For housebuilders, solar PV on the roofscape – combined with an efficient gas boiler – appears to be the quickest, and, more importantly, most cost-effective way for the sector to meet the immediate Part L carbon reduction obligations.

The latest and fully integrated solar PV roof systems clearly offer a more visually appealing, cost efficient and easy to install option. The integration benefits mean solar panels can simply replace a section of existing roof tiles to create a sleek aesthetic and deliver a seamless solution as part of the overall roof.  

Solar PV technology is tried and tested, readily available and has become much more affordable in recent times, making it a highly attractive solution for housebuilders. Indeed, Solar Energy UK predicts that the modification to Part L could lead to a five-fold increase in the number of new homes built with solar technology as part of long-term sustainable construction strategies.   

Roofing design
As part of overall roof design planning and implementation on new build sites, optimising the energy generation cost efficiencies that solar provides can be achieved by considering some additional and important factors.

Housing developments that use solar PV solutions should focus on capturing as much sun as possible to maximise the benefit for low carbon and low-cost energy generation. This translates into ensuring properties have south facing roofscapes and the avoidance, if possible, of shadows emanating from surrounding trees, buildings, and other means nearby.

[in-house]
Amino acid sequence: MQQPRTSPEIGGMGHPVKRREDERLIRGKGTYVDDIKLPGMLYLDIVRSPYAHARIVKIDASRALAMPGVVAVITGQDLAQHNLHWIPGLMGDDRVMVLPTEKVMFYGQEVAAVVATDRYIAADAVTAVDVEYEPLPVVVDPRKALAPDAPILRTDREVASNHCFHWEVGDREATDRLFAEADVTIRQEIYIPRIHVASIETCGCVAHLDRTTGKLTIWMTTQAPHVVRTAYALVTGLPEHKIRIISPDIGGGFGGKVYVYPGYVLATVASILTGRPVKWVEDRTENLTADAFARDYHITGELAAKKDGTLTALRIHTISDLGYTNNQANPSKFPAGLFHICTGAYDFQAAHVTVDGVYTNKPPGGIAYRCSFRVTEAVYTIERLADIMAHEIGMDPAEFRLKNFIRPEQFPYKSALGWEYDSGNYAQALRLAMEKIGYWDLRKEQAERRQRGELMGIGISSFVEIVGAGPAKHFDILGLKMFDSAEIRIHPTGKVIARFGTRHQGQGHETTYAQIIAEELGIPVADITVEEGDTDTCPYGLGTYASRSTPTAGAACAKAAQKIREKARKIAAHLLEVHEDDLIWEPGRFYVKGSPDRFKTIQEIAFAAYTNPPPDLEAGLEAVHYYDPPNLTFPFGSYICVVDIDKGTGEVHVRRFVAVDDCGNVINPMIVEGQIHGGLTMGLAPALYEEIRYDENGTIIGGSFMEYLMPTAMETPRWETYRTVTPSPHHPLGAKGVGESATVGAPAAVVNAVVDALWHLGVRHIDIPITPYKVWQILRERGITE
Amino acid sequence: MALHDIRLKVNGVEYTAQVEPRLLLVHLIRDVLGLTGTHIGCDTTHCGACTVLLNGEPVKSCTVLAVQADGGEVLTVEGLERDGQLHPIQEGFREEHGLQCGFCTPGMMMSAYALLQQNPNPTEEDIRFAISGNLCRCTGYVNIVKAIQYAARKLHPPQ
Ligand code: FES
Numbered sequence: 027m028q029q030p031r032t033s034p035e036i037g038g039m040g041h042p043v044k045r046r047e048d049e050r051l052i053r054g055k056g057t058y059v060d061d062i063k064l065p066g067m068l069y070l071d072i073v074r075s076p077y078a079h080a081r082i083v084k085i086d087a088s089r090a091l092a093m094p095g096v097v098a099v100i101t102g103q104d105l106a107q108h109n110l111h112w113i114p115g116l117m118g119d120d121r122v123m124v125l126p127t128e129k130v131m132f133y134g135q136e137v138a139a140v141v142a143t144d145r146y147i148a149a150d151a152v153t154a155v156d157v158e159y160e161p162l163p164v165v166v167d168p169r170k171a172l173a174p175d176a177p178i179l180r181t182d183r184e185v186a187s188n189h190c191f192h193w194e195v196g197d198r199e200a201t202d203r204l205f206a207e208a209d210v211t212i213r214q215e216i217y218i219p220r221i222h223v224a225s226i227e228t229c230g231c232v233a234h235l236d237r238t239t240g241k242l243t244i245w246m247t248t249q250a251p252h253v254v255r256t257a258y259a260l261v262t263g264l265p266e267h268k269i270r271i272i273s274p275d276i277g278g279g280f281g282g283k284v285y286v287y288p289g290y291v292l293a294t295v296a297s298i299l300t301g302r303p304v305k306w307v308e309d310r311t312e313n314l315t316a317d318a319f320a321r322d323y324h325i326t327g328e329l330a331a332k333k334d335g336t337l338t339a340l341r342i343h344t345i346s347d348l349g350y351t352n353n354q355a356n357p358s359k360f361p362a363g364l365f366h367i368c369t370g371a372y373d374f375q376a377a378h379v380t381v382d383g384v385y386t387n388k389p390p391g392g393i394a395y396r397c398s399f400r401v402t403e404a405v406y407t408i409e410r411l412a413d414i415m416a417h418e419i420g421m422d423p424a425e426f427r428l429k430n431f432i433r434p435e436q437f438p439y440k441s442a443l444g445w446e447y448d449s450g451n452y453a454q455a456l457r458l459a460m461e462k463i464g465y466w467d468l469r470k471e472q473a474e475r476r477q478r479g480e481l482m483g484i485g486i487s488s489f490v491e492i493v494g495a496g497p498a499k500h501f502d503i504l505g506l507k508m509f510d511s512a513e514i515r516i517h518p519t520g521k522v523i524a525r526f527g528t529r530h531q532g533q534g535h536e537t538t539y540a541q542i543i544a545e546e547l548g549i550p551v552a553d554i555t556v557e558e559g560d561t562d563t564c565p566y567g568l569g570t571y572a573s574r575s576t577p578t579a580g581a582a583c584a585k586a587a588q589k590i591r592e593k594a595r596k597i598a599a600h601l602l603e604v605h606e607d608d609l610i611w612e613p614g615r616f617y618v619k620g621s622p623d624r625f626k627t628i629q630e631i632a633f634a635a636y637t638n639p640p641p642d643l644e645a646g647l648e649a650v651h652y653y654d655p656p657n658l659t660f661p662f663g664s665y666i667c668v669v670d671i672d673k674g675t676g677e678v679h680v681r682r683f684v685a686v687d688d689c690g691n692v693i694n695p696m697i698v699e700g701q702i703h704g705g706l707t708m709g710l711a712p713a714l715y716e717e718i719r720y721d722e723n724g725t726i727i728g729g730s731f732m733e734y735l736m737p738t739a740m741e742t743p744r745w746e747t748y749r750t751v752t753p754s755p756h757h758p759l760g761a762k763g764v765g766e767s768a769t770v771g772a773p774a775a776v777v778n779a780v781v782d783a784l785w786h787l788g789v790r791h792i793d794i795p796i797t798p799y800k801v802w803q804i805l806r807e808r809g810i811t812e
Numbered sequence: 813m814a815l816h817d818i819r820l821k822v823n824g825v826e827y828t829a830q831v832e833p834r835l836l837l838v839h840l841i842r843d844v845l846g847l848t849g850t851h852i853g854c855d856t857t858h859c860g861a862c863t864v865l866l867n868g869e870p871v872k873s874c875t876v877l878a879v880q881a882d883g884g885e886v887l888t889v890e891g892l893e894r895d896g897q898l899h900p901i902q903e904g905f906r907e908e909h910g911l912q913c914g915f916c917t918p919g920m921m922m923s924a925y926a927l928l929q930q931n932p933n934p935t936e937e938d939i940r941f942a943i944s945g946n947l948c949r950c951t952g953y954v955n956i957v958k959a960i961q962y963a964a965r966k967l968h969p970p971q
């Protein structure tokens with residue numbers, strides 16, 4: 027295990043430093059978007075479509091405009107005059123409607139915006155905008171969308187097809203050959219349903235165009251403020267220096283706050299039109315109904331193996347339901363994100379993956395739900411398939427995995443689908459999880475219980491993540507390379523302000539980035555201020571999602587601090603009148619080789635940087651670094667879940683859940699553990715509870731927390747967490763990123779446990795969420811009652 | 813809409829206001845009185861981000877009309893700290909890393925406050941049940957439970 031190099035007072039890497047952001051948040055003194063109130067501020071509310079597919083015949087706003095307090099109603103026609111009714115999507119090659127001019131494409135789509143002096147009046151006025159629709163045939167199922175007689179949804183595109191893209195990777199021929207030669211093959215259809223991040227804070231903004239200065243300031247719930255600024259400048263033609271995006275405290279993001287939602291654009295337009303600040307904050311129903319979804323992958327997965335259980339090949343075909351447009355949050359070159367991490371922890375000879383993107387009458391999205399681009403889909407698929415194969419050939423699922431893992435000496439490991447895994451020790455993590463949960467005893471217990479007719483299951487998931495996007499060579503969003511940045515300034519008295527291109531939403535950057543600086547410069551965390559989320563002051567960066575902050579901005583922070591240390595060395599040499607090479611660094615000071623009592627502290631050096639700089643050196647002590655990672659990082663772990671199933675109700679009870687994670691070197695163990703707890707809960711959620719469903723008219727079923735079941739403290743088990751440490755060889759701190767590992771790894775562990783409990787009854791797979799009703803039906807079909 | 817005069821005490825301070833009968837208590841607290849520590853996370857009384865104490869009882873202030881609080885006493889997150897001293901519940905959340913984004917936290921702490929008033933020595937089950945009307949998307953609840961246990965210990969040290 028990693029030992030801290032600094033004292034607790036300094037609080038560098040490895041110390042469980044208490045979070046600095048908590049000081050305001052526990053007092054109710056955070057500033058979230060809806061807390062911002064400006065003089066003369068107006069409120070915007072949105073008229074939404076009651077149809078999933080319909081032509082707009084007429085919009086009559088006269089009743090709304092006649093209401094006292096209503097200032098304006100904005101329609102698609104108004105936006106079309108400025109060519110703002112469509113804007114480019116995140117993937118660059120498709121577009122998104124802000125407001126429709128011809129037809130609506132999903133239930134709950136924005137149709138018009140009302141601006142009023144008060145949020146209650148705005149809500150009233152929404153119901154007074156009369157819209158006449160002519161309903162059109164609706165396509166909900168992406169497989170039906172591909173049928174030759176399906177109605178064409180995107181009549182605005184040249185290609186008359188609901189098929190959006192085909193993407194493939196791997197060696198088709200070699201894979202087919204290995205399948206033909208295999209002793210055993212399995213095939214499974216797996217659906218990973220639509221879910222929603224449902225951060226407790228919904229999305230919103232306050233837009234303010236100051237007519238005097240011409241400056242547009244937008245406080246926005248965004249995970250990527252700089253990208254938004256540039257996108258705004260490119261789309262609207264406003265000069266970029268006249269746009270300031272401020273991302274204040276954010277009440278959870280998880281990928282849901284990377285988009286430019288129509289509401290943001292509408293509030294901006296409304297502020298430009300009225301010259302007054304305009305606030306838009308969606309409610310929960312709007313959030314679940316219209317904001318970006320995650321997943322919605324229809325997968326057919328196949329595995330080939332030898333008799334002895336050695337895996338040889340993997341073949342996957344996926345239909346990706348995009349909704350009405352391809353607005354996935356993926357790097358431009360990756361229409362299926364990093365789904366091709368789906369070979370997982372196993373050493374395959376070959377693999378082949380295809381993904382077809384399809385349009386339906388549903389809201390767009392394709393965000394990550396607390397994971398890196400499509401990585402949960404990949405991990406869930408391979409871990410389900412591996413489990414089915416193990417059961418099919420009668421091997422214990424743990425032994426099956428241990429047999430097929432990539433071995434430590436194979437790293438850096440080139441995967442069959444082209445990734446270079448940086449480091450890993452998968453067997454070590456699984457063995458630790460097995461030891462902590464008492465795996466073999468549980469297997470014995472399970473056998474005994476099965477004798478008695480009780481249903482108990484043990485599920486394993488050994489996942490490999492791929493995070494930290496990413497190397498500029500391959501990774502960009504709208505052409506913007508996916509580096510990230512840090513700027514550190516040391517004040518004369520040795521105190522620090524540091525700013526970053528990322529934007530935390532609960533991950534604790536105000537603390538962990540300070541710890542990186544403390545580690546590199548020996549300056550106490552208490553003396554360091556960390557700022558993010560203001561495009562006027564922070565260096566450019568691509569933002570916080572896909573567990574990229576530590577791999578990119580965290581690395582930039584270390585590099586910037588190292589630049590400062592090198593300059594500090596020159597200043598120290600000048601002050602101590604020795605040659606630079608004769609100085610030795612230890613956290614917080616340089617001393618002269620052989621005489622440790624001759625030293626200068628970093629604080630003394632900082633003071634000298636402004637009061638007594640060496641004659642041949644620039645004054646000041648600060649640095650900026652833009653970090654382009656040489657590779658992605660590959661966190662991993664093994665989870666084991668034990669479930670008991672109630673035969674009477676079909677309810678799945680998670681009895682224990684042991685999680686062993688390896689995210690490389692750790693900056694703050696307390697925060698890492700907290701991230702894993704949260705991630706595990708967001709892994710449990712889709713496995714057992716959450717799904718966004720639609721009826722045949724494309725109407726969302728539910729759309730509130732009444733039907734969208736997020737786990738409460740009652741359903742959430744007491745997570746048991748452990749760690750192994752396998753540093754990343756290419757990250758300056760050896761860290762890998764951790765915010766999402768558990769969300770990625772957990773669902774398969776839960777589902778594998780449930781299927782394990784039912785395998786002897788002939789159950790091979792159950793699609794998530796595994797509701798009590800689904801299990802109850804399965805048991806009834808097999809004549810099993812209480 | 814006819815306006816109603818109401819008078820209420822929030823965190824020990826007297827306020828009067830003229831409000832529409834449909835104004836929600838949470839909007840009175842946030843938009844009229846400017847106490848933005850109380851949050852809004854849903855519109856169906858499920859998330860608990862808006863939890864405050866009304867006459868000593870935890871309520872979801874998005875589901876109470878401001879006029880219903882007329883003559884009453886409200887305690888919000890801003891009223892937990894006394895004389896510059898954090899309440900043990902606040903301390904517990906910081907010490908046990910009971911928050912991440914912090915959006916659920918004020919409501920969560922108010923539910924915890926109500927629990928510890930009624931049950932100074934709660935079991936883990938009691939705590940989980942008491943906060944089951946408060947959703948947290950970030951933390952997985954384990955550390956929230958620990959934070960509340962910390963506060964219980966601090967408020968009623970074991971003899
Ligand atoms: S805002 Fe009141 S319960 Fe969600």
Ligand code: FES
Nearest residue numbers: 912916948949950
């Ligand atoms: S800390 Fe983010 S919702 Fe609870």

In addition, new property design should look to incorporate larger scale roof spaces so increased solar panel volumes can be integrated to deliver optimum low-cost energy generation benefit. The seamless installation of solar PV as part of an integrated full roofing solution not only guarantees access to cheap energy, but it also provides a stylish finish that negates prevailing concerns about the bulky, bolt-on solar PV systems that have dominated the market in the past.

Finally, housebuilders can take commercial advantage of the surge in consumer interest for low carbon and sustainable answers that will benefit the planet, using them as a point of differentiation for potential home buyers.  

The specification of low carbon heat sources such as heat pumps, alongside solar PV, offers a powerful combination and a great way to sustainably keep energy bills down for homeowners. And with the news that more electric cars were registered in 2021 than in the previous five years, it is also clear the rapid acceleration in consumer take-up of electric vehicles will translate into fresh demands home buyers. They will expect to see a home charging infrastructure in place when they purchase their new build properties.    

Housebuilders can differentiate themselves by providing sustainable product solutions such as integrated solar PV, inverters, battery storage, heat pumps, and EV charging points, all of which will aid reduced cost energy generation, deliver low carbon heat and at home EV charging facilities.

This will not only help the sector to meet its short and long-term obligations under Part L and the Future Homes Standard, but housebuilders who place sustainability at the heart of their construction offer will delight discerning would-be buyers who are now prioritising greener solutions across many aspects of their lives and especially in their home.